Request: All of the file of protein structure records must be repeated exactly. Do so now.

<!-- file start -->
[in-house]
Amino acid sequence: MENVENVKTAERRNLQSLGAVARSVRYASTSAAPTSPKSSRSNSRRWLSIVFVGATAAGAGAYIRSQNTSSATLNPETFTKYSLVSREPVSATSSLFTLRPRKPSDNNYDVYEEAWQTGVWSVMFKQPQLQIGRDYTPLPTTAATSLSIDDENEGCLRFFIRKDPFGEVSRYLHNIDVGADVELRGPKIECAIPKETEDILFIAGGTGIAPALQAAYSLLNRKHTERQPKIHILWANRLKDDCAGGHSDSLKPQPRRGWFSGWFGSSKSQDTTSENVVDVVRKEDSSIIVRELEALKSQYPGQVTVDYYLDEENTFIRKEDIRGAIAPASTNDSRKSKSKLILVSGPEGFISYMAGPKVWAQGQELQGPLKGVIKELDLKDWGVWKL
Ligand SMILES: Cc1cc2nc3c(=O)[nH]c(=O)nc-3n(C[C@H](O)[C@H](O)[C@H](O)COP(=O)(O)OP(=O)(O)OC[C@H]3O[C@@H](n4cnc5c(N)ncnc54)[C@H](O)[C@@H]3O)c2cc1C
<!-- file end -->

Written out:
[in-house]
Amino acid sequence: MENVENVKTAERRNLQSLGAVARSVRYASTSAAPTSPKSSRSNSRRWLSIVFVGATAAGAGAYIRSQNTSSATLNPETFTKYSLVSREPVSATSSLFTLRPRKPSDNNYDVYEEAWQTGVWSVMFKQPQLQIGRDYTPLPTTAATSLSIDDENEGCLRFFIRKDPFGEVSRYLHNIDVGADVELRGPKIECAIPKETEDILFIAGGTGIAPALQAAYSLLNRKHTERQPKIHILWANRLKDDCAGGHSDSLKPQPRRGWFSGWFGSSKSQDTTSENVVDVVRKEDSSIIVRELEALKSQYPGQVTVDYYLDEENTFIRKEDIRGAIAPASTNDSRKSKSKLILVSGPEGFISYMAGPKVWAQGQELQGPLKGVIKELDLKDWGVWKL
Ligand SMILES: Cc1cc2nc3c(=O)[nH]c(=O)nc-3n(C[C@H](O)[C@H](O)[C@H](O)COP(=O)(O)OP(=O)(O)OC[C@H]3O[C@@H](n4cnc5c(N)ncnc54)[C@H](O)[C@@H]3O)c2cc1C